I was given the privilege of opening up this key passage in Romans for All Saints, Ealing this Sunday. This is the online version of the sermon—I actually delivered a shorter version in person for the first time in about nine months, which was quite exciting! The first part is slightly over 10 minutes, and focuses on 1:18–27, and the second part is a little over 14 minutes, and focuses on 1:28–2:29.
Sean A. Adams. Greek Genres and Jewish Authors: Negotiating Literary Culture in the Greco-Roman Era. Waco, TX: Baylor University Press, 2020. xvii + 430 pp. $79.95. ISBN 978 1 4813 1291 2. This excellent study does exactly what it says it will do: explore the way Jewish authors used and adapted Greek genres of writing between 300 BC and AD 135. Dr Sean Adams shows an astonishing and impressive breadth of engagement with the primary sources for this period, and has put us in his debt Continue reading →
Mikael Tellbe & Tommy Wasserman, eds.Healing and Exorcism in Second Temple Judaism and Early ChristianityWUNT 2/511; Tübingen: Mohr Siebeck, 2019; ISBN 978-3-16-158936-2 Another month, another new book! Just out from Mohr Siebeck is this collection of essays from an excellent conference hosted by Tommy Wasserman and Mikael Tellbe at the theological college in Örebro, Sweden. I hugely enjoyed participating in the conference (see my report here), and am now delighted to see the revised papers published—with one or two additions, including a very helpful essay Continue reading →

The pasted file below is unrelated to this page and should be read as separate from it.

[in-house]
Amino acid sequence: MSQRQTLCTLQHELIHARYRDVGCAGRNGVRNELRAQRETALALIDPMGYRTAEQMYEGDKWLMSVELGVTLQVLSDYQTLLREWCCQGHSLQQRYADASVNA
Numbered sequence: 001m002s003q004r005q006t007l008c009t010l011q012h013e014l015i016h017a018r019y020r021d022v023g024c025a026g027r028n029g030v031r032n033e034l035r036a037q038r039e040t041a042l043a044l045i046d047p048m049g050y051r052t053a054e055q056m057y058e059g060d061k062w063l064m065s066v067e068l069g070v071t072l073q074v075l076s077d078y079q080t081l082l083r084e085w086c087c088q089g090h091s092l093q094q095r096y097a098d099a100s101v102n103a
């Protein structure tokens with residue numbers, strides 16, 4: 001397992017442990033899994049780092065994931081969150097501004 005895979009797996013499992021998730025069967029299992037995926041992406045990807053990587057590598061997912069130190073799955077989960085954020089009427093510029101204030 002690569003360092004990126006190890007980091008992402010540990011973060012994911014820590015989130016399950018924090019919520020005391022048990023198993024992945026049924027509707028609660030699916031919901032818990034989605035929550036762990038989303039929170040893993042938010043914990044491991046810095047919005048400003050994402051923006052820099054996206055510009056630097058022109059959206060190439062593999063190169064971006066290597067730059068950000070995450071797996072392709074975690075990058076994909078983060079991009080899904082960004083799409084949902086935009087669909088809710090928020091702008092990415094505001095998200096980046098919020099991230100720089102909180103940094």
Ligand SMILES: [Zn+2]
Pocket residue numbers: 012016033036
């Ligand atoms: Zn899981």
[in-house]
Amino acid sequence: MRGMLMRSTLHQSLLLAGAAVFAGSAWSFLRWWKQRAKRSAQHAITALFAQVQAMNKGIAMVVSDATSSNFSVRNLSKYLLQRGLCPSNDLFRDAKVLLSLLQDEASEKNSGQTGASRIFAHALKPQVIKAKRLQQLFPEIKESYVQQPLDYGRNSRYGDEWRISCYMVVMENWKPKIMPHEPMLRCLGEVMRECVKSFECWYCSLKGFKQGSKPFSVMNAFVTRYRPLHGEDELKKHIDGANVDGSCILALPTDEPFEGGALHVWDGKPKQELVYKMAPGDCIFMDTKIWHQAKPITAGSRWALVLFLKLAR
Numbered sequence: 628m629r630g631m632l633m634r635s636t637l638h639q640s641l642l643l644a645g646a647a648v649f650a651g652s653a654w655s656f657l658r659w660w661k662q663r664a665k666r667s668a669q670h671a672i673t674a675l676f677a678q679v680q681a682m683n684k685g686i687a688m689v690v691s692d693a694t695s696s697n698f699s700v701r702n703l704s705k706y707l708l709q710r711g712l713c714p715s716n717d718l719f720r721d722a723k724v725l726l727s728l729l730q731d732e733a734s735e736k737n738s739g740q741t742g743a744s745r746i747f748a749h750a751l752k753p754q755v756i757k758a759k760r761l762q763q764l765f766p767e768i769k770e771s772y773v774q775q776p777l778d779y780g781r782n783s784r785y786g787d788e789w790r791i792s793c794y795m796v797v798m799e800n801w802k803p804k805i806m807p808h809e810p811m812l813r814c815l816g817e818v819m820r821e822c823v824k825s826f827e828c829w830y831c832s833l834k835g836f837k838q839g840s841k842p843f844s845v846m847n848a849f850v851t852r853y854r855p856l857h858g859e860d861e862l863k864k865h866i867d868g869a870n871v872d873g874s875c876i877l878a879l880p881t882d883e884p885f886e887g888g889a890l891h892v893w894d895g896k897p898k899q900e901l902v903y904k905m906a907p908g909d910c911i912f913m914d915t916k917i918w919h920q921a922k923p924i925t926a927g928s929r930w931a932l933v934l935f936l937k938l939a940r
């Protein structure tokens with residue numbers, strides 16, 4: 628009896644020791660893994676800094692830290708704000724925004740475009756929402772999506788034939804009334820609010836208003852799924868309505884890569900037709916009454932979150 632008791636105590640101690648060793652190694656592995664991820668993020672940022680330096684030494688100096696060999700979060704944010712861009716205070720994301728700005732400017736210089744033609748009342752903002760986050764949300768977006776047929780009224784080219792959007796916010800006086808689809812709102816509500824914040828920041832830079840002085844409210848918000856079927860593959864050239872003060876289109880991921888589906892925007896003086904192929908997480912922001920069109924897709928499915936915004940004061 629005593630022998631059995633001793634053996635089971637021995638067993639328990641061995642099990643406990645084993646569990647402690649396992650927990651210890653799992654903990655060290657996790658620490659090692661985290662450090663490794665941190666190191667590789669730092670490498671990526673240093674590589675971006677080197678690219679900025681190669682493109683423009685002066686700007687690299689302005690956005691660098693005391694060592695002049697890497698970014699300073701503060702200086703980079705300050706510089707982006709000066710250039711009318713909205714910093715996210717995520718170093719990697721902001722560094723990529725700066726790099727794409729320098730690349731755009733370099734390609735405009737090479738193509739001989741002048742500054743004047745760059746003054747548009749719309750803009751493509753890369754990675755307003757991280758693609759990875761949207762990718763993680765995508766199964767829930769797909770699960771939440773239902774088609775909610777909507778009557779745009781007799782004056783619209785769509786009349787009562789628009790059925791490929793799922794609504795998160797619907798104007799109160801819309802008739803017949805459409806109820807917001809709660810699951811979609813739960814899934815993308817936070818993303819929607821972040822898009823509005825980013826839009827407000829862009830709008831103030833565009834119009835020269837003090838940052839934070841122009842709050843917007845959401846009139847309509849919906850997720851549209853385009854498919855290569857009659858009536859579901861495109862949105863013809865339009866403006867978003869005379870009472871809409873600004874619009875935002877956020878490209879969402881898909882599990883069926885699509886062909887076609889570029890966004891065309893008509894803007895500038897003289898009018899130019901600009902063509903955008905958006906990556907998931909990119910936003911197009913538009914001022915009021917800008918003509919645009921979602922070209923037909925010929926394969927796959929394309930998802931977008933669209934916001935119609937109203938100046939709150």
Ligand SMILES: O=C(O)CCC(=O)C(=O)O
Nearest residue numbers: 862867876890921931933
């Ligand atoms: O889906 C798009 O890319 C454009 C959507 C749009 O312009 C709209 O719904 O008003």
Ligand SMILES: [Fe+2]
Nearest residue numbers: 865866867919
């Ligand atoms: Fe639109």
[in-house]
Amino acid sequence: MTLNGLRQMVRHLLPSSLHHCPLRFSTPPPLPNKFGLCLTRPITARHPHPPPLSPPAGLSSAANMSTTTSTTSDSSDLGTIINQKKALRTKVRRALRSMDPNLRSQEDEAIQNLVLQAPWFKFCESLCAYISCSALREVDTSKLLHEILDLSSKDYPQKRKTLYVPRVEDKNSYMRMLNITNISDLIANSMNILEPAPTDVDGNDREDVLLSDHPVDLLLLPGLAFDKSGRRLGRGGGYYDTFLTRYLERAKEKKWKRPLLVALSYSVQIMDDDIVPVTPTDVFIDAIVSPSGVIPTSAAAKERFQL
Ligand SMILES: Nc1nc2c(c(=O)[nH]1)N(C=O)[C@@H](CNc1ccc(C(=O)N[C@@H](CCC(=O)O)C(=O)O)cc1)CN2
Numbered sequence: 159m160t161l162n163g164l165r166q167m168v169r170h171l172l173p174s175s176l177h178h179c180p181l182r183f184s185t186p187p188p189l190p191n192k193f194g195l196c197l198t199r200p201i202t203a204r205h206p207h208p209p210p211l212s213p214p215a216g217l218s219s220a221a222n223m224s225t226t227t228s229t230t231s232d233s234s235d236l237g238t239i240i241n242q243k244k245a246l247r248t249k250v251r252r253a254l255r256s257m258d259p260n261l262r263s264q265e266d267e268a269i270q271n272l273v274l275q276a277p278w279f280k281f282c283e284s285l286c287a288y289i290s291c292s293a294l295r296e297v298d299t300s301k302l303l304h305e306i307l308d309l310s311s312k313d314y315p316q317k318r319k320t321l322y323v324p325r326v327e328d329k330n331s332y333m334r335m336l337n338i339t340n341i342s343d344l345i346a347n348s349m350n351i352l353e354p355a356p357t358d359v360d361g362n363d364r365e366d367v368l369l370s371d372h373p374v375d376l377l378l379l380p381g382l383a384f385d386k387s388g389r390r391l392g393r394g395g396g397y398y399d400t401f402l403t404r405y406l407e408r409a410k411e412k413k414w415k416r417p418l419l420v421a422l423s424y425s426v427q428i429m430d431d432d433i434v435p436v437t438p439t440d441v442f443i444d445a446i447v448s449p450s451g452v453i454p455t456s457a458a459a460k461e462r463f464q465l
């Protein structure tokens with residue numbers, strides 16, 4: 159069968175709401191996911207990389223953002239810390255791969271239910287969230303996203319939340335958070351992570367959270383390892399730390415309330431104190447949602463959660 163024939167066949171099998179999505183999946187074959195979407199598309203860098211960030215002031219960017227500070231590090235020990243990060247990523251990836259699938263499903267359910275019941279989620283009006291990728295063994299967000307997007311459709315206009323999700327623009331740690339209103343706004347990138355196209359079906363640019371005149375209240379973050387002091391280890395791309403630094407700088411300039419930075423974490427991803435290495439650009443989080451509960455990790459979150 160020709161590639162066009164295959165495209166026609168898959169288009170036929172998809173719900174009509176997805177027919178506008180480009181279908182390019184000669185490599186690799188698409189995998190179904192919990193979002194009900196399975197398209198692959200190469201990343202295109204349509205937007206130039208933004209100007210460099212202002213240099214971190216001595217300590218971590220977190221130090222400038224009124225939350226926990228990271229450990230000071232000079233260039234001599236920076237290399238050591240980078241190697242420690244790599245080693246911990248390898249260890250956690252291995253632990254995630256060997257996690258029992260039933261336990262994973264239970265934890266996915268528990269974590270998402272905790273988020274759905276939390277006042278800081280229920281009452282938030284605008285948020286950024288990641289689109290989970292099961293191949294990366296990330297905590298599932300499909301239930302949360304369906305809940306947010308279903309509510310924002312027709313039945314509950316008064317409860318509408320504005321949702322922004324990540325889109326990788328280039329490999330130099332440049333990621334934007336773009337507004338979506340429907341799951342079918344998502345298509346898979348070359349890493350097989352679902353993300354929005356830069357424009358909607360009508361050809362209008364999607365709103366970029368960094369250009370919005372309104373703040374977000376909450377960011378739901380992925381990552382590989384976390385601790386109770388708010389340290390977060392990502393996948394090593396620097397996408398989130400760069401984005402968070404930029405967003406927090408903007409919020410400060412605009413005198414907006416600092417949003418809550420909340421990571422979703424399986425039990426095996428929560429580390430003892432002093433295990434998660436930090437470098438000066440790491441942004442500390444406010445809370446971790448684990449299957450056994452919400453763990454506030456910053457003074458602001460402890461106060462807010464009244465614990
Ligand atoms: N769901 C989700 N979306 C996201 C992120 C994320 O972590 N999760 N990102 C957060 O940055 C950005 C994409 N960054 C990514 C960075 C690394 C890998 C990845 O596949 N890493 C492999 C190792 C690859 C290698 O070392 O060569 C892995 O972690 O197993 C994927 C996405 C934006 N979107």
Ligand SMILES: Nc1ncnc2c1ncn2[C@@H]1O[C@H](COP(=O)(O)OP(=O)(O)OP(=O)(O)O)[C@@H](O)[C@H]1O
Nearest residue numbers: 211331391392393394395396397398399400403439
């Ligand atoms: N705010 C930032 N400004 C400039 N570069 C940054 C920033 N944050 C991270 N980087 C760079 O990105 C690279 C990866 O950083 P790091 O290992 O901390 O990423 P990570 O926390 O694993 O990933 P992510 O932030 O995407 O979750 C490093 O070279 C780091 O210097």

There’s a really interesting conversation about Matthew Novenson’s fascinating The Grammar of Messianism going on at Syndicate, the home of many such book discussions, at present. A key claim of the book is that it helps to think about ‘Messiah’ passages in Jewish and Christian texts as engaging in a ‘language game’ in which they use the term in a variety of ways—and this is better than the ‘idealist’ tradition of constructing one view of ‘Messiah’ and then reading the texts in the light of Continue reading →
This is a guest post by my good friend Dr Sean Adams, Lecturer in New Testament and Ancient Culture at the University of Glasgow (picture above), on the conference ‘Being Jewish, Writing Greek’ hosted recently by the University of Cambridge. I’m very grateful to Sean for his willingness to share this summary of what was clearly an excellent and highly stimulating conference. Sean Adams writes… It was my privilege to attend and present at the ‘Being Jewish, Writing Greek’ conference that was held at Cambridge University Continue reading →